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March 08, 2023 8 min read
Star Jumps, a close cousin of jumping jacks, are a well-known plyometric and HIIT (high-intensity interval training) exercise. They are whole-body workouts, relatively simple to perform, require no equipment, and can be done almost anywhere. This article will explore the benefits of incorporating star jumps into your workout routine, as well as tips on how to do them properly.
Plyometric exercises like star jumps engage muscle groups both in the upper and lower body. It is a squat version of Jumping Jacks. Instead of jumping from a standing position, Star Jumps are performed from a squat position from where an explosive jump takes you into the air. Your fully extended arms and wide-spread legs in mid-air form a star shape.
Getting a good cardio workout is as simple as moving your body, such as doing bodyweight exercises like squat jumps, box jumps, burpees, jumping ropes, and jumping jacks. No matter what kind of bodyweight exercise you do, you will burn calories and improve your cardiovascular fitness.
A star jump would make a great addition to your body weight workout routine. It is a full-body exercise aimed at boosting your heart rate and breathing rate so that oxygenated blood gets to the following muscles faster.
Your hamstrings work with your glutes, to extend your hips during star jumps. Located on the back of your thigh, the three hamstring muscles are the biceps femoris, semimembranosus, and semitendinosus. The hamstrings also flex your knees going into the squat and exploding out of the squat.
Star jumps give your butt—glutes, or gluteus maximus—a thorough workout. The primary function of the glutes is the extension of your hips. The deep squat of star jumps gives the glutes a serious workout.
The quads are the muscles on the front of your thighs. They work to extend your knees, which means they work hard during star jumps. The four quadriceps are rectus femoris, vastus lateralis, medialis, and intermedius.
Every time you drive your legs outward as you explode into the star jump your hip abductors are put to work. Located on the outside of your hips, the hip abductors comprise the gluteus minimus and medius, and tensor fascia latae.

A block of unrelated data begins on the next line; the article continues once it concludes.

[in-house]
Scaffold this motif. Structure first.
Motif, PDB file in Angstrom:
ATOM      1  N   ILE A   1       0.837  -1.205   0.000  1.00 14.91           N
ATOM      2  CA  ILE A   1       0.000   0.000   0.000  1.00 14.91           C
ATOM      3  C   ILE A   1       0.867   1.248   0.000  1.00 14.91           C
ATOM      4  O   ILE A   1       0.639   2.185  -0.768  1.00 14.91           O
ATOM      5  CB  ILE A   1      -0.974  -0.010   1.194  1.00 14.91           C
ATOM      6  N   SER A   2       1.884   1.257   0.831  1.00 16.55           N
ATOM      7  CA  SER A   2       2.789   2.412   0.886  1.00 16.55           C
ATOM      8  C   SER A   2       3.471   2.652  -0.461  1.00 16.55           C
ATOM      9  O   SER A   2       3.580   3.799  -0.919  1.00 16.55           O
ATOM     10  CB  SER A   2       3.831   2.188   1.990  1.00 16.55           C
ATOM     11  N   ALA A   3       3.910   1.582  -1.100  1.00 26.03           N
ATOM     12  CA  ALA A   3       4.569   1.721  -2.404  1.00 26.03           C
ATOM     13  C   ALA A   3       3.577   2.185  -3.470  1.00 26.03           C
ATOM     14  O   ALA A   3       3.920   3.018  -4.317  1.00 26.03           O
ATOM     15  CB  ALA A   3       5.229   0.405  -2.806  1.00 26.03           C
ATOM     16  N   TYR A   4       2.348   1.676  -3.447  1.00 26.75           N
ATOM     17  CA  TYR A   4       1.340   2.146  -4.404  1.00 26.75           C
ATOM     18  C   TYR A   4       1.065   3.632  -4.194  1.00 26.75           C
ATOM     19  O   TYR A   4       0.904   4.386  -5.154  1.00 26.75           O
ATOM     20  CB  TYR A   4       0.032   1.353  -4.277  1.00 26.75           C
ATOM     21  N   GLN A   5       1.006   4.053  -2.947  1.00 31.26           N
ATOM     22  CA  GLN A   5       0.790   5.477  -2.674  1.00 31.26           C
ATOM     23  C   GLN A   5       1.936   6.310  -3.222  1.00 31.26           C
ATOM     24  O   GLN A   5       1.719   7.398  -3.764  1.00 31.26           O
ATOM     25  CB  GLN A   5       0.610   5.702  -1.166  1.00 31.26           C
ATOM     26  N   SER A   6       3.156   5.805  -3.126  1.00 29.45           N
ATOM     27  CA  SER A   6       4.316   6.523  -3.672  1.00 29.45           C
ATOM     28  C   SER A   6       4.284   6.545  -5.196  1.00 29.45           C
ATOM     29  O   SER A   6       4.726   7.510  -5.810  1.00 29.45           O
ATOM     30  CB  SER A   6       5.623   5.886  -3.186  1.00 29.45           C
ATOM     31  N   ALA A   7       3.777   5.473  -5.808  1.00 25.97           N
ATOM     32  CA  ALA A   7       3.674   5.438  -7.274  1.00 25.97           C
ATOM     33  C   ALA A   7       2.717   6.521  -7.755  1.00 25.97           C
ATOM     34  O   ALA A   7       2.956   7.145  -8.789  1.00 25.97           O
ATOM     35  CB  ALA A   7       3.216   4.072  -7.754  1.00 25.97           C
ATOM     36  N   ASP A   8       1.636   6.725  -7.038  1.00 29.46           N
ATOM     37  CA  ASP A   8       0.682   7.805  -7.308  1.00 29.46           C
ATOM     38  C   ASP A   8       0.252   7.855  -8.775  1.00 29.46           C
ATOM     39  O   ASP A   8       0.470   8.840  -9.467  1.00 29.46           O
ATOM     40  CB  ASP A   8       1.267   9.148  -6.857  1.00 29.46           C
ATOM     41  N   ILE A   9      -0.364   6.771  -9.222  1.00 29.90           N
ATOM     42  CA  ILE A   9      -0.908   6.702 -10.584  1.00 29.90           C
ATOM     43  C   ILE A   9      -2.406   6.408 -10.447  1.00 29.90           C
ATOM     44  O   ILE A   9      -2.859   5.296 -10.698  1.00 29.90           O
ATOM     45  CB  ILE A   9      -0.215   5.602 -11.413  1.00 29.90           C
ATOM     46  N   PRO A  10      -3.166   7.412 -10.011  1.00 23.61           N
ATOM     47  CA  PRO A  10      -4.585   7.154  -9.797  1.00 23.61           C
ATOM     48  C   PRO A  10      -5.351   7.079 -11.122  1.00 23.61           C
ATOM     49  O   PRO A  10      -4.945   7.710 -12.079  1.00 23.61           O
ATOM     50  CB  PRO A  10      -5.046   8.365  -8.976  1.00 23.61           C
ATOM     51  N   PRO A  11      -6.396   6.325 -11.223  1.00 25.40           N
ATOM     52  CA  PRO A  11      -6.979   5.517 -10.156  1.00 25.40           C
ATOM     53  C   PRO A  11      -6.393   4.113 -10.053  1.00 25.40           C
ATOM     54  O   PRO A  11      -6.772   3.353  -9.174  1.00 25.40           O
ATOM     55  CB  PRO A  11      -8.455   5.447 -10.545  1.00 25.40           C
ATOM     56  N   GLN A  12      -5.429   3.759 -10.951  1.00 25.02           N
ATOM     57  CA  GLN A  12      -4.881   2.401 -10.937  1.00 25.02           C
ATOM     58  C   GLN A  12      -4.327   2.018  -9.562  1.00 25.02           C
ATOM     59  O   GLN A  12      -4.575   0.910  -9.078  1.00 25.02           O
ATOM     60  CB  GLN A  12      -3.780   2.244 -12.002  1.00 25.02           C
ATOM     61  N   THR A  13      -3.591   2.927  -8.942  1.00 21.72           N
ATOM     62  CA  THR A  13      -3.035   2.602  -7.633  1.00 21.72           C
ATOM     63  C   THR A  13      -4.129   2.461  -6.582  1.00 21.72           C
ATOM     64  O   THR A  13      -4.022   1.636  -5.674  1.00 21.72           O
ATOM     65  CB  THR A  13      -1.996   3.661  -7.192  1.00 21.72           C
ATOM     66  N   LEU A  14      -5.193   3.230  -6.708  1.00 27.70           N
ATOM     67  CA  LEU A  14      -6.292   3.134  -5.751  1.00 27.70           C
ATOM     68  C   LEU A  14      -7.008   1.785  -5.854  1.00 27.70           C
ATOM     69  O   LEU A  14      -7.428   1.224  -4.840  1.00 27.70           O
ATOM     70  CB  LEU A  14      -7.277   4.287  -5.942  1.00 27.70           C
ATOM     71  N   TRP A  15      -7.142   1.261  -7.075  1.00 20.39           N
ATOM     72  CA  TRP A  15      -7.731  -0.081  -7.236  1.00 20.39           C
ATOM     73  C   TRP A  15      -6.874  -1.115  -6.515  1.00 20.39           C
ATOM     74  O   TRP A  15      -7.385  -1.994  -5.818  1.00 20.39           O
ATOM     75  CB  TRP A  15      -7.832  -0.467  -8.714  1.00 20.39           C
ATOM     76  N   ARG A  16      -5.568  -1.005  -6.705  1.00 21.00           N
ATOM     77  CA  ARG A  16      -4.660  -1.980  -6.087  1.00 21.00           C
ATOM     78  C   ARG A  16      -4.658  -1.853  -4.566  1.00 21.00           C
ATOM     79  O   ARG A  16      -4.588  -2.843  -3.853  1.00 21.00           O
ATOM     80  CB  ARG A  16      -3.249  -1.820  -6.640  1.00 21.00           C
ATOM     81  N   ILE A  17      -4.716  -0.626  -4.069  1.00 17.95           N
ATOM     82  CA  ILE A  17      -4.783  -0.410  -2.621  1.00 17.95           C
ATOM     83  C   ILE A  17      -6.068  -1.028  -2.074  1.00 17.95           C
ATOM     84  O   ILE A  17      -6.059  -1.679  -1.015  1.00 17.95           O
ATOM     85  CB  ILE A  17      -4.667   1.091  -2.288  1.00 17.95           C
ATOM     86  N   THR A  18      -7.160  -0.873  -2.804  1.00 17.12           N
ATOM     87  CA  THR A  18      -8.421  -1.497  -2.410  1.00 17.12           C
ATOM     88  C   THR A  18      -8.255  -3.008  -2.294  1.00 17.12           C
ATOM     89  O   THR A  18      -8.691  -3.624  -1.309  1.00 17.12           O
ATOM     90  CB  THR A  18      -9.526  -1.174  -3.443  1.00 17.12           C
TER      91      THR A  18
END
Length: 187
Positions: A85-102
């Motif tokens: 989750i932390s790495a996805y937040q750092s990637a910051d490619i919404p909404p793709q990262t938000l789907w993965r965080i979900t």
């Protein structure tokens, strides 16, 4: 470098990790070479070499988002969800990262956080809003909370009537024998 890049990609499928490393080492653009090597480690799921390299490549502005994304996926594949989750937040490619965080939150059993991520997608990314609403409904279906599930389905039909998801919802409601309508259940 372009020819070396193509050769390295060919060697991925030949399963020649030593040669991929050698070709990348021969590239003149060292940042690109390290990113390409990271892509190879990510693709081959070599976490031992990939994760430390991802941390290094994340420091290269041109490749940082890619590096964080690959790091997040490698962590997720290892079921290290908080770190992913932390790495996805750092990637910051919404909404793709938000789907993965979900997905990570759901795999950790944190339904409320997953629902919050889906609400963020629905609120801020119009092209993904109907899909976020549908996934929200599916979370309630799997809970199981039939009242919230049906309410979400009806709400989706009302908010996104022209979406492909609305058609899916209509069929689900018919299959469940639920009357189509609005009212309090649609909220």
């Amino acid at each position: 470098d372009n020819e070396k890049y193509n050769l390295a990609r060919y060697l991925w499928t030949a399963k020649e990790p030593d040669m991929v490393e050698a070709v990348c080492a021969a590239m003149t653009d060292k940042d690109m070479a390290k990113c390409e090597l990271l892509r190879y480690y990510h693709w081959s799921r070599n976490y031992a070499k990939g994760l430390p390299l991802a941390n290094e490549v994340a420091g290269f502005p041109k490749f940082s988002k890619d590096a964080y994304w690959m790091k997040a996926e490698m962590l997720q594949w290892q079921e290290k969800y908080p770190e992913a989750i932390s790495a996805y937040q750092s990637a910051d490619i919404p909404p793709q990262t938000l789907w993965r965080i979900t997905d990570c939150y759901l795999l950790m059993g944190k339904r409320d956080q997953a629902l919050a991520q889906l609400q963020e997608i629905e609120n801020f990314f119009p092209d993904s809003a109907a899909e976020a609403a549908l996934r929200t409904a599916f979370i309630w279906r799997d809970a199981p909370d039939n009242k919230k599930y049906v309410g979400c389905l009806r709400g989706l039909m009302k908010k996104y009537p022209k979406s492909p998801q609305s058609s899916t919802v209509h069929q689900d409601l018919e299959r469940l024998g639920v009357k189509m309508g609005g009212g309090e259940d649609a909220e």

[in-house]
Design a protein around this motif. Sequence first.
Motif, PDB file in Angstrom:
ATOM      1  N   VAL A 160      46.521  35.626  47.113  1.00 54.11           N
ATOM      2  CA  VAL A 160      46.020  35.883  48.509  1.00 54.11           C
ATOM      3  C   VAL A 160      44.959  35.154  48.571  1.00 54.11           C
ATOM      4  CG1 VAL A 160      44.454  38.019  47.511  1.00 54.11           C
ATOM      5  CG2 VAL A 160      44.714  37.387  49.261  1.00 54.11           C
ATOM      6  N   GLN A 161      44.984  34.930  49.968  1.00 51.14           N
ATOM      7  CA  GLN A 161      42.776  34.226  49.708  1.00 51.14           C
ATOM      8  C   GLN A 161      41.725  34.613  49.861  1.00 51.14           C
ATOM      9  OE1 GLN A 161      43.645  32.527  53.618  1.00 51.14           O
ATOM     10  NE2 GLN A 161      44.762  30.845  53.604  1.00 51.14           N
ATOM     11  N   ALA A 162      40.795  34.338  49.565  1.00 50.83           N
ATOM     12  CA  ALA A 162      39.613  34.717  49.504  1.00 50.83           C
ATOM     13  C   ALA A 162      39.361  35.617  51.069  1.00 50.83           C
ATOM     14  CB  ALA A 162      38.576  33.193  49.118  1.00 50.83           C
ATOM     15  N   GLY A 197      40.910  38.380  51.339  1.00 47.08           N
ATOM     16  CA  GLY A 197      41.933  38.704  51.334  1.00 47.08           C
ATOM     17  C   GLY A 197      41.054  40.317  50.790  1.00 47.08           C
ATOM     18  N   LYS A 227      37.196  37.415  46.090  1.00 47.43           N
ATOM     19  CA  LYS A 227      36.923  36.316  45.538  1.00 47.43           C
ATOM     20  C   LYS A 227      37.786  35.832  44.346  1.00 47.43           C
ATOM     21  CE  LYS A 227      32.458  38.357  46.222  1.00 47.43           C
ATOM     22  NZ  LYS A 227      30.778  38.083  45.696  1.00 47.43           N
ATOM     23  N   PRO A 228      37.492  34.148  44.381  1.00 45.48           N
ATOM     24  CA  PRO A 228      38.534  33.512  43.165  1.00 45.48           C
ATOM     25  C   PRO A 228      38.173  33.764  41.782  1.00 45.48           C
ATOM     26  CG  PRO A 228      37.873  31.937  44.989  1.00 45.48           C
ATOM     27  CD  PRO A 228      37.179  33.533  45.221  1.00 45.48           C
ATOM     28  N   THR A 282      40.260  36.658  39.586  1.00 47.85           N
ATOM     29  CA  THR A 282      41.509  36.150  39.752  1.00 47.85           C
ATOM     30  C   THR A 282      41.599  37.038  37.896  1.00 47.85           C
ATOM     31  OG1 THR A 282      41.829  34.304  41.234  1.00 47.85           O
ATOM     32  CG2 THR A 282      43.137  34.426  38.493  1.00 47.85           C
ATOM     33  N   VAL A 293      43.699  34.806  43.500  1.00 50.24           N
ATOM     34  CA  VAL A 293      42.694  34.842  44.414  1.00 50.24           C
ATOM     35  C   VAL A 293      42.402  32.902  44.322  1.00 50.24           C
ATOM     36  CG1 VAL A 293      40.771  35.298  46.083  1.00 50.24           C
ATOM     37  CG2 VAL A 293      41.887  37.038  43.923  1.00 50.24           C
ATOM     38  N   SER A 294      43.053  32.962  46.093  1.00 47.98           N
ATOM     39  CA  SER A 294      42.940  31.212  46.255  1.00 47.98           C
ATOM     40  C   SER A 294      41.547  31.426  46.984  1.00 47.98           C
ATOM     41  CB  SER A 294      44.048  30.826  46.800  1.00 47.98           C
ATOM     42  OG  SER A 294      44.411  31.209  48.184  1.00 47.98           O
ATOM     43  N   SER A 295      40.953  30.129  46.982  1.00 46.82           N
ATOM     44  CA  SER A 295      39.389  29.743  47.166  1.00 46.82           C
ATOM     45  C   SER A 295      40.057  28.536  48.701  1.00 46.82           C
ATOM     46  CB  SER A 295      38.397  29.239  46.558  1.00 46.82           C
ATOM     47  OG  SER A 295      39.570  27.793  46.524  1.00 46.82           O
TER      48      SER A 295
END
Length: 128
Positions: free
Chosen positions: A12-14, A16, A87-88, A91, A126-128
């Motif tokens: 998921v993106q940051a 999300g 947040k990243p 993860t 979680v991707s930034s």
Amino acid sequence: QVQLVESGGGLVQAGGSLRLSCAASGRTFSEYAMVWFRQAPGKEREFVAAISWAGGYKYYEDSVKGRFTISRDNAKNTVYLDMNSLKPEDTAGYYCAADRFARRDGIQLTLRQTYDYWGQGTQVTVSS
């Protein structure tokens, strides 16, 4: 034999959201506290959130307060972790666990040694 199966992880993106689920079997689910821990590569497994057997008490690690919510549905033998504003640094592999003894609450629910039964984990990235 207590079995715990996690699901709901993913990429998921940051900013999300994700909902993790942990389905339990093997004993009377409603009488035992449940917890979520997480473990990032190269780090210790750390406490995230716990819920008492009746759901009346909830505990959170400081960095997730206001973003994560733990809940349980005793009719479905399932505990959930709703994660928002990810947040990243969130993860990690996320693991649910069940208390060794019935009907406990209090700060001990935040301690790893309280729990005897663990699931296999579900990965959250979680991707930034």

The work of the core muscles is to stabilize your spine during star jumps. These muscles make up your midsection, and they include the obliques, rectus abdominis, and transverse abdominis.
This is the name for the two calf muscles — the gastrocnemius and soleus. Together, these muscles work to plantarflex your ankle, and the gastrocnemius is also involved in knee flexion.
The deltoids are shoulder muscles that activate when you lift your arms up and out to the side when you do star jumps. The delts comprise three heads; anterior (front), posterior (rear), and medial (middle). While all three deltoid heads are being put to work in star jumps, the medial head does most of the work.
Working out for fitness and fat loss can often seem like complicated, expensive, and time-consuming pursuits. And while things like treadmills and assault bikes are useful training tools, they are not essential.
The gym is not the only place where you can get fit, burn fat, and tone your legs. Add star jumps to your workouts and enjoy these benefits anywhere and anytime.
Stand with your feet shoulder-width apart and your knees slightly bent.
Tuck your chin to help keep your neck and head in a neutral position, and get your shoulders directly over your hips.
Let your arms hang by your sides.
Begin by inhaling deeply and exhaling, pre-tensioned hips and shoulders, and an engaged core.
With a neutral spine, lower into a quarter or a full squat position by bending your knees, hips, and ankles to form the correct starting position.
Here’s how to do it:
Push your feet into the ground to initiate an explosive jump.
As you jump into the air, reach with fully extended legs and arms out to the side, creating a star shape, or the letter X, in mid-air.
Land in a quarter or full squat position on the balls of your feet, and evenly distribute the weight along each entire foot, as your bent hips and knees absorb the force.
Use your heels and midfoot area to support your body weight while keeping your knees in line with your engaged toes.
Land gently and controlled with your core engaged.
Continue to jump for the desired number of repetitions or a specific period of time.
Doing star jumps as dynamic pre-workout stretches or a general bodyweight exercise, you can do any number of desired repetitions. However, if they form part of high-intensity interval training (HIIT) workouts, the star jumps will be done for a specific period of time instead of a number of reps.
Your fitness level will determine the amount of time you should spend doing star jumps. Performing the jumps for 15 to 20 seconds is a fair goal for beginners. As your fitness, endurance, and strength improve, you can extend the time to between 45 and 60 seconds.
You may want to add a level of intensity as you become a master star jumper. You can turn up the speed of your performance, jump higher, or squat lower, as long as you don’t compromise the proper form and technique.
1. Jumping jacks: If you’re having trouble with jumping from the squat position when performing star jump exercises, consider first practicing with jumping jacks, which use a lesser range of motion in your upper and lower body as you jump with straight legs from a standing position.
2. Star jump burpees: Turn up the intensity of star jumps by including a burpee movement between each repetition.
3. Weighted star jumps: Add some resistance to your star jump exercises by adding a pair of dumbbells or ankle weights. However, you would have to pay even more attention to your form throughout the entire range of motion to prevent injuries.